I know we are all concerned about traffic safety. In an effort to further address this concern, MCSO Queen Creek created a comprehensive traffic management plan with components of enforcement, education, engineering, technology and community outreach.

District six is also increasing safety with the use of body-worn cameras. All sworn deputies and detectives assigned to Queen Creek will wear the cameras to help minimize risk, lower use of force incidents, reduce complaints, and increase transparency.
Beyond our first responders, there are other ways we keep our community safe. The Town has a partnership with the Town of Gilbert for household hazardous waste. Through the partnership, 258 vouchers were issued, resulting in over 4.7 tons of hazardous material diverted from households and the landfill. The Town’s cooking oil collection campaign diverted over 100 gallons of cooking oil from the landfill and sewer system.

The Town maintained more than 700 acres of public street right-of-ways. The maintenance included the abatement of trash, debris, and weeds, to protect the safe use of the easements by the public and maintain roadway aesthetics. To ensure safe roadways, approximately $1.7 million was spent on pavement maintenance of over 5.5 million square feet of roadway.
Mayor Barney, as you know, safety is a priority for this council, and we will continue to work towards a safe community. Thank you for allowing me to share some of our accomplishments related to safety in 2015.

Mayor Barney
The next strategic priority is a secure future, which requires strengthening the Town’s financial condition, protecting the environment, developing a prosperous local economy and preserving our water supply. Council member Brown will share examples of how Queen Creek is ensuring this is a wonderful community for many generations to come.

Secure Future – Councilman Jeff Brown
Thank you, Mayor Barney. Water is a vital aspect of securing our future success, and we need help from our residents. During 2015, five water saving workshops were provided at no cost for utility customers. With topics like water-wise gardening and rainwater harvesting, the workshops were well attended and provided residents with valuable information that will help them save water and money. Through a partnership with SRP, residents also had the opportunity to participate in a shade tree program, receiving free desert-adapted shade trees along with planting recommendations. This is an excellent program, as shade trees help reduce home cooling costs and improve air quality without using a lot of water. Residents were encouraged to learn more about using water wisely last year during water awareness month. This year, we will celebrate water awareness month in April, and I encourage residents to visit QueenCreek.org/Water to learn more about how they can provide a secure future through low water use, save money on their bills, and enter to win exciting prizes!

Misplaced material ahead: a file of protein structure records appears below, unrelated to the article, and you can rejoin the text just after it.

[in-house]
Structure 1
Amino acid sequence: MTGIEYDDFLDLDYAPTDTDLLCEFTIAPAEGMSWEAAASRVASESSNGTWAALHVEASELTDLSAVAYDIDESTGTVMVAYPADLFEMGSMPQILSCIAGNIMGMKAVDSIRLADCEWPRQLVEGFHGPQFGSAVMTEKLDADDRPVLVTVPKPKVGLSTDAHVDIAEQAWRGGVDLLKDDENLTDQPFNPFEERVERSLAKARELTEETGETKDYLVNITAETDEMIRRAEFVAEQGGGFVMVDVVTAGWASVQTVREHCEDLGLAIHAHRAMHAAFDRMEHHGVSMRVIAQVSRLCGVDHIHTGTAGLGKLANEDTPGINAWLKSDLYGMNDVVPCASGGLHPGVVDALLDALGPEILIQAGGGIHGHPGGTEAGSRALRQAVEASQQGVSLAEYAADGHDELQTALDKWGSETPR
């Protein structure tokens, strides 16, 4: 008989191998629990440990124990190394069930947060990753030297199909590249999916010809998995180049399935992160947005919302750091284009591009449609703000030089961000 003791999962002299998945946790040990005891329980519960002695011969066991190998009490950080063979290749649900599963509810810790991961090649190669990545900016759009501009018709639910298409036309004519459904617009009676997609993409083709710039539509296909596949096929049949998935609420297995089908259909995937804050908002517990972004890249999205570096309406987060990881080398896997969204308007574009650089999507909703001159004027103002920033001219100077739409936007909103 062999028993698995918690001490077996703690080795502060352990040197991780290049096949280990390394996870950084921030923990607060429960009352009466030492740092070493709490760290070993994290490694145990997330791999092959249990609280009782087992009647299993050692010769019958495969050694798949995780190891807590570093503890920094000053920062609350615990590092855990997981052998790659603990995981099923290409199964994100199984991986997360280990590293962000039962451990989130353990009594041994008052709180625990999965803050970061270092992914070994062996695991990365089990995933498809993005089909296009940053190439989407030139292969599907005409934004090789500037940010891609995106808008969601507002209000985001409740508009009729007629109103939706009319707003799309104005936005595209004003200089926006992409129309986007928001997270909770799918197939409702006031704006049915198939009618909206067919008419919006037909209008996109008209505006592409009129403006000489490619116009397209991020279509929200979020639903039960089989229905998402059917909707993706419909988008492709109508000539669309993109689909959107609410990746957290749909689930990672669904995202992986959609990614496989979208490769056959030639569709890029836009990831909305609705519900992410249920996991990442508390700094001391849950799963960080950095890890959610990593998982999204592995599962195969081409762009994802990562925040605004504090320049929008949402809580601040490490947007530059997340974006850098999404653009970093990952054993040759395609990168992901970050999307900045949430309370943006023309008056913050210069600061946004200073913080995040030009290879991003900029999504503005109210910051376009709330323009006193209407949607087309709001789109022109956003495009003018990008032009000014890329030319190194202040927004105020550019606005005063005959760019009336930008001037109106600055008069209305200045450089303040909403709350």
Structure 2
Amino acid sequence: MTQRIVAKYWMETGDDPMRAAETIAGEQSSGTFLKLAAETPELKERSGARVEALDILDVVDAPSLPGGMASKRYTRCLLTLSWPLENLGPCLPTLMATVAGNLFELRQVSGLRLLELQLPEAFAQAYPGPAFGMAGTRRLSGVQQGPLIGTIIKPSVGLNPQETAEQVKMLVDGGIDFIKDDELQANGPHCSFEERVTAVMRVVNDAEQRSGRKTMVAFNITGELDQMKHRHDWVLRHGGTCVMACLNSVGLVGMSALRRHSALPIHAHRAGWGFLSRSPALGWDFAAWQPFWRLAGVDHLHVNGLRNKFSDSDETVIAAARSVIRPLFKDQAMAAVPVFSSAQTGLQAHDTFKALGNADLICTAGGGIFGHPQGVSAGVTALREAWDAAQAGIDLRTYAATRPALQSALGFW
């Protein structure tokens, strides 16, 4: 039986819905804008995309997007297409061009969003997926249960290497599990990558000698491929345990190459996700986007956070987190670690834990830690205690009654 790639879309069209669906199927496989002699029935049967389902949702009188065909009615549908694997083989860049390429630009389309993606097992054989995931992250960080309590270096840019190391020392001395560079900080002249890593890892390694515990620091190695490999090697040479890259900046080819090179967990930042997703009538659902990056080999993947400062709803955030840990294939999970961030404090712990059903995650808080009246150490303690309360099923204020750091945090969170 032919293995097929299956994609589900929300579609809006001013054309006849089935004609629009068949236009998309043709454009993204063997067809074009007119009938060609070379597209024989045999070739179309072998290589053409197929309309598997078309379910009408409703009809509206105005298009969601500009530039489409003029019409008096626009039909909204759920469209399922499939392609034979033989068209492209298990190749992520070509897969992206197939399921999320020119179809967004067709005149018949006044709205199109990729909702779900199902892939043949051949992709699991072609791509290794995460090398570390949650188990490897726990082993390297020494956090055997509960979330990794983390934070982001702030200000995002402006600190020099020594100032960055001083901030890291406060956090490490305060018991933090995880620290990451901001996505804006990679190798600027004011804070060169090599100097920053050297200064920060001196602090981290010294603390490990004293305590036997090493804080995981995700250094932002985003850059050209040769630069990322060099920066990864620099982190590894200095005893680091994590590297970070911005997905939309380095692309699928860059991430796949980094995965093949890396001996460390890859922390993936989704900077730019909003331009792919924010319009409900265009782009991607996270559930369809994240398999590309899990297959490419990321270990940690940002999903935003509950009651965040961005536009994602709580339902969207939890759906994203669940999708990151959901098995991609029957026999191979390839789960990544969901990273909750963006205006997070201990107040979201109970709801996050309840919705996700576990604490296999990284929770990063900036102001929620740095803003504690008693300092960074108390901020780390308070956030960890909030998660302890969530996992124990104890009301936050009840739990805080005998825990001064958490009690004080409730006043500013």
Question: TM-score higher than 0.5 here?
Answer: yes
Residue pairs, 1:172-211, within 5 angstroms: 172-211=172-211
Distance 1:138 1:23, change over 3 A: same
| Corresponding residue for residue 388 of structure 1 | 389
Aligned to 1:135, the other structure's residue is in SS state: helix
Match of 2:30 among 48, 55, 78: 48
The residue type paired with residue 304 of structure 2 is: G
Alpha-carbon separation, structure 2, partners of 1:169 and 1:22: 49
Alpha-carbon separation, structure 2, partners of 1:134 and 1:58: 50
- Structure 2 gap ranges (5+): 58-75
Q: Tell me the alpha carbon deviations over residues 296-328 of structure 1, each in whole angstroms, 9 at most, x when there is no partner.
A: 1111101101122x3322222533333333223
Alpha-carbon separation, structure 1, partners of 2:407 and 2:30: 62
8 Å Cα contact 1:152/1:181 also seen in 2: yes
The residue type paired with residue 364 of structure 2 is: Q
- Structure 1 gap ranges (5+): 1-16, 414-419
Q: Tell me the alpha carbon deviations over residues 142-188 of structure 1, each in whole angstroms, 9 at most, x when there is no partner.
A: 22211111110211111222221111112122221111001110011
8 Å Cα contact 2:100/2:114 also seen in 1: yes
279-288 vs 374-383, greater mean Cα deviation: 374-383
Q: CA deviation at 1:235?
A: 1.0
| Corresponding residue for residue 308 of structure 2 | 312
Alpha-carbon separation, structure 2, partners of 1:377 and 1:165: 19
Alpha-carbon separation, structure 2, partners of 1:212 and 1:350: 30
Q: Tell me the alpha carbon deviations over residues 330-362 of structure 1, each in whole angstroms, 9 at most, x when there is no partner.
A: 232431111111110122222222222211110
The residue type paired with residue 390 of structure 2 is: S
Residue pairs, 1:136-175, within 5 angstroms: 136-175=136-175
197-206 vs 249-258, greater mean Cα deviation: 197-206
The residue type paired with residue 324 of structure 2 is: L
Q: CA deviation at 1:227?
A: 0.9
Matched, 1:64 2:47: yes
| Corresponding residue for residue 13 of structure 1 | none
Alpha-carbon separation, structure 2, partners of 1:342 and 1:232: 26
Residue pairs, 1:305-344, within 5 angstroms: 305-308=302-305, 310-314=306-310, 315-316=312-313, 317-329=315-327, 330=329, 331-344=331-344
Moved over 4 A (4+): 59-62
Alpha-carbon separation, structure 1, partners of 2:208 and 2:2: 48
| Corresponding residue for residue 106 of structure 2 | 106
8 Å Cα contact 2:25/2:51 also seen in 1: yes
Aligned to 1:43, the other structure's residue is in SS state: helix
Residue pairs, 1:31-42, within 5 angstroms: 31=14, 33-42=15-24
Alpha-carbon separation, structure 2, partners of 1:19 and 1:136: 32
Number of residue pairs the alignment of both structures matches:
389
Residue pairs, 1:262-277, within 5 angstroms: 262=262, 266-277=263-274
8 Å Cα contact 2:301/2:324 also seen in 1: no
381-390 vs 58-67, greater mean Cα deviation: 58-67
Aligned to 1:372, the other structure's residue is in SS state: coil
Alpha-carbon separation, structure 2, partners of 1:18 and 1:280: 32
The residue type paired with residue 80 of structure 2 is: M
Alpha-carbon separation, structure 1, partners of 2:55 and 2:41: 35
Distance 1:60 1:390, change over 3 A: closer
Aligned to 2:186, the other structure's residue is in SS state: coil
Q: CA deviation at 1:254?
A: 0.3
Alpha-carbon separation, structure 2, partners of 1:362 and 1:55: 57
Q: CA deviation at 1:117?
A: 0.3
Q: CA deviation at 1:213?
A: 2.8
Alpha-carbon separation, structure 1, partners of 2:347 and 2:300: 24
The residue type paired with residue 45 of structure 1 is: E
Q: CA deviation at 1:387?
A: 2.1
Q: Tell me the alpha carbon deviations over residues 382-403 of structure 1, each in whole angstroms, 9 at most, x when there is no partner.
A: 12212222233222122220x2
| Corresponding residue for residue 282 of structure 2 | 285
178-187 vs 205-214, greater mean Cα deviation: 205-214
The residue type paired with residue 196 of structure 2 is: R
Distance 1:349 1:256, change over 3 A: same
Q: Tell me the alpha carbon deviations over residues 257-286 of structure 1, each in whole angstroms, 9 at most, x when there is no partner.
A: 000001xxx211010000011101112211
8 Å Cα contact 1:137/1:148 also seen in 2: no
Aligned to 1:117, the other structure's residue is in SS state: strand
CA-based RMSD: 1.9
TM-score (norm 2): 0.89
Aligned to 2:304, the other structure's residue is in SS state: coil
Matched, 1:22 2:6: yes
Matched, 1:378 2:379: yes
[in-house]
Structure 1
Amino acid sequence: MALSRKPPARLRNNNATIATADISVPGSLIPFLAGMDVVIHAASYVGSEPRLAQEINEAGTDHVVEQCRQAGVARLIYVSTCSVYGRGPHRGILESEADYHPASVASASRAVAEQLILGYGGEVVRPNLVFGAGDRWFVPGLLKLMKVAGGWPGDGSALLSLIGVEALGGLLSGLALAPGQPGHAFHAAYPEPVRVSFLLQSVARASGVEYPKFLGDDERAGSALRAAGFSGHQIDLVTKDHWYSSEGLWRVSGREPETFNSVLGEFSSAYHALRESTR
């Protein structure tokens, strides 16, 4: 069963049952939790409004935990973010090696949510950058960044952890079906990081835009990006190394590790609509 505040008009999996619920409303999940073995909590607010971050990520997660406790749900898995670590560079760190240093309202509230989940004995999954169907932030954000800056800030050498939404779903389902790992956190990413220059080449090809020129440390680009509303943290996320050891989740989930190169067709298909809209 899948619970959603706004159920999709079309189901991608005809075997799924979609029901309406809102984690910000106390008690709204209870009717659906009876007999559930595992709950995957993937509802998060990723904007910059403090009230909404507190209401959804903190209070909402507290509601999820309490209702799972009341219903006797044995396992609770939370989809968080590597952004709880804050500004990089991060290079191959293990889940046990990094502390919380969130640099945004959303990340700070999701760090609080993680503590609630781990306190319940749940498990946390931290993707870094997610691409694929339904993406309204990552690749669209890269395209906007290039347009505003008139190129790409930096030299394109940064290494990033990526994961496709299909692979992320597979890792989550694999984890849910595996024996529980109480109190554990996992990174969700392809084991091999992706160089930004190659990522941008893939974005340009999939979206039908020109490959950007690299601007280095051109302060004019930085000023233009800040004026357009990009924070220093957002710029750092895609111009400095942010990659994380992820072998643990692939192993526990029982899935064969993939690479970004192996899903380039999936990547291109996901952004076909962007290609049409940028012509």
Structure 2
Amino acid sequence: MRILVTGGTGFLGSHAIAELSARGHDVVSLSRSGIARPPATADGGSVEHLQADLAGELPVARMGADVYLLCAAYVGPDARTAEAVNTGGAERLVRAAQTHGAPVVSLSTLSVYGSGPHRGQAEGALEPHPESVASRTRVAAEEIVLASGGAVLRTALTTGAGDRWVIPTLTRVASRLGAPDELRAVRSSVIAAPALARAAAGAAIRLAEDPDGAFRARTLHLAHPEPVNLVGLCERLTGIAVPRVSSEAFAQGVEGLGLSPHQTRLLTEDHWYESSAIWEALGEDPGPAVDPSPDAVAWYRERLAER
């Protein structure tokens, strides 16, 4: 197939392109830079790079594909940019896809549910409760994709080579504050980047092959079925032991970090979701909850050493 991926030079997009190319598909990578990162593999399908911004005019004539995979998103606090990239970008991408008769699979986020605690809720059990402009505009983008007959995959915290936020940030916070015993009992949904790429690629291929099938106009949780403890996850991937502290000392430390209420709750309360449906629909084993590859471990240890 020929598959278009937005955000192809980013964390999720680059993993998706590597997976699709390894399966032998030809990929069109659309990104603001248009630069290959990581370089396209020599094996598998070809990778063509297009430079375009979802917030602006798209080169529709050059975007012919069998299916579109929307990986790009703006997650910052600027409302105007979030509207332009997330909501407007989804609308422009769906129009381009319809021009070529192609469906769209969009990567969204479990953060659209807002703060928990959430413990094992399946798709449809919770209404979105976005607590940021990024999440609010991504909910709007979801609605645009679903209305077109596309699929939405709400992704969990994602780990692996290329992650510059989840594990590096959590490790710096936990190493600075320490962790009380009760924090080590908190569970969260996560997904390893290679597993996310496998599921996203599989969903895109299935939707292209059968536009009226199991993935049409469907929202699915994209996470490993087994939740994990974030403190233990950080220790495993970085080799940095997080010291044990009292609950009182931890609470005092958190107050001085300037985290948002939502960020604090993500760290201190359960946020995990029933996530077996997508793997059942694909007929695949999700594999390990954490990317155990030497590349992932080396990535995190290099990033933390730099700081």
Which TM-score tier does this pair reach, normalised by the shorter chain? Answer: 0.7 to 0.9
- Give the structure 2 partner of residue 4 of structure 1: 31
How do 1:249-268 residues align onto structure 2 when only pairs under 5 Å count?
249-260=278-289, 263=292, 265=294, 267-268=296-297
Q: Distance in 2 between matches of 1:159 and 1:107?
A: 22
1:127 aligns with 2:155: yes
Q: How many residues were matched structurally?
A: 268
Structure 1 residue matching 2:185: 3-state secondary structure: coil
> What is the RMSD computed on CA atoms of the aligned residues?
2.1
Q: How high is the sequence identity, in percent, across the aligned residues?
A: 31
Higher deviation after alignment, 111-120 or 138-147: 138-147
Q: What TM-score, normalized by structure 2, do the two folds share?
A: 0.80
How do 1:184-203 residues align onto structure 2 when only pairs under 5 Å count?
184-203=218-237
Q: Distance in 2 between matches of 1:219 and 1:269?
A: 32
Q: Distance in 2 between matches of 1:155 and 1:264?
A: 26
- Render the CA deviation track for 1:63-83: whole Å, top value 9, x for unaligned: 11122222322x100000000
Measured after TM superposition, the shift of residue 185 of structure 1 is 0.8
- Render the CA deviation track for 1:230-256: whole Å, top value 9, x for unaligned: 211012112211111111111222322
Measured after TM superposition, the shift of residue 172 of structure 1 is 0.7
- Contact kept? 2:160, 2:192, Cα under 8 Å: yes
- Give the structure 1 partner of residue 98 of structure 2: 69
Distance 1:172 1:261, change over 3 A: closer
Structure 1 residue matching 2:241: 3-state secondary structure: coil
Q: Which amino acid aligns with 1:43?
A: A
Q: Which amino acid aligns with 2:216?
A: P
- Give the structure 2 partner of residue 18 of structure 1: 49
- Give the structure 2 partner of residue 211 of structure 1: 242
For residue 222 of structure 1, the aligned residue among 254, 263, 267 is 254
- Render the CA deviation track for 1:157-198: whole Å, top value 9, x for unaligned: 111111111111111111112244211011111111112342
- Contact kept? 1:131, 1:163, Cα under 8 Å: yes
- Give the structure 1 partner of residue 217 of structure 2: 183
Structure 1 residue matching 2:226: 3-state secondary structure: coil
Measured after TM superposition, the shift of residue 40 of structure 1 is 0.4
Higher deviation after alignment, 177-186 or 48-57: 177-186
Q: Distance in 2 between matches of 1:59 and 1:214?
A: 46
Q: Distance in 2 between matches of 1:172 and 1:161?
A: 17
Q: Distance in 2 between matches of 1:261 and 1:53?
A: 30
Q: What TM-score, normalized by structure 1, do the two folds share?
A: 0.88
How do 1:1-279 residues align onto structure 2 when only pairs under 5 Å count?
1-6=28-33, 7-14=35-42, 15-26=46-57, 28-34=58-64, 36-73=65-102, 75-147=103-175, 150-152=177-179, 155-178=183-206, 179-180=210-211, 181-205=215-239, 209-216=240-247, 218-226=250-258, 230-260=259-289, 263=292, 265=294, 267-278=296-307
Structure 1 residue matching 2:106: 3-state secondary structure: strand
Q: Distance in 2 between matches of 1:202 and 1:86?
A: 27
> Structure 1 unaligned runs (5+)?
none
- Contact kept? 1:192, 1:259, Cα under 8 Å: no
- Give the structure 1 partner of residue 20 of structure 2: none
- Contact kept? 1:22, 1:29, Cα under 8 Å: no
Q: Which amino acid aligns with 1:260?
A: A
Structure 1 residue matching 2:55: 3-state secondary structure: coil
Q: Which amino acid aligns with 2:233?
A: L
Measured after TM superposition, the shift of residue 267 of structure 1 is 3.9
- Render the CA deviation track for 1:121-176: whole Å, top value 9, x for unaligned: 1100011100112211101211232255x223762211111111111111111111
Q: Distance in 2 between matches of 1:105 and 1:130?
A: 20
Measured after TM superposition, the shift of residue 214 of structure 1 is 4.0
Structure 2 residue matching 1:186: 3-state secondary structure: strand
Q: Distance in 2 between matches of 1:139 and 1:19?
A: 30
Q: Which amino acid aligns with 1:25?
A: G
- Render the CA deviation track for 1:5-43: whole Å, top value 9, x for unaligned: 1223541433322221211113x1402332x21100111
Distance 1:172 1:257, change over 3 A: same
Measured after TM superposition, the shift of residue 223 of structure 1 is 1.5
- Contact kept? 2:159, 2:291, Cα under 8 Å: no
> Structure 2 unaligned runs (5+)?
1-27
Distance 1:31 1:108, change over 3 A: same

Using water wisely isn’t the only way we can provide a secure future for our children and our children’s children. Recycling and education are also crucial to these efforts. More than 41 tons of material was diverted from the landfill through the Town’s environmental efforts like Bench-the-Bag, a plastic bag recycling program, Earth Day and America Recycles Day events, Christmas Tree recycling program, a textile collection program and e-waste collections. An additional 167 tons of recyclable material was diverted from the landfill by our residents at the Neighborhood Recycling Drop-off Center throughout the year. We are working hard to educate our youth about how recycling works, and the impact it has on the environment through an educational program we call Preserve the QC. Through a partnership with the Environmental Education Exchange, 51 presentations were provided to over 1,500 Queen Creek area middle school students. The innovative program received the Excellence in Recycling Award from the Arizona Recycling Coalition.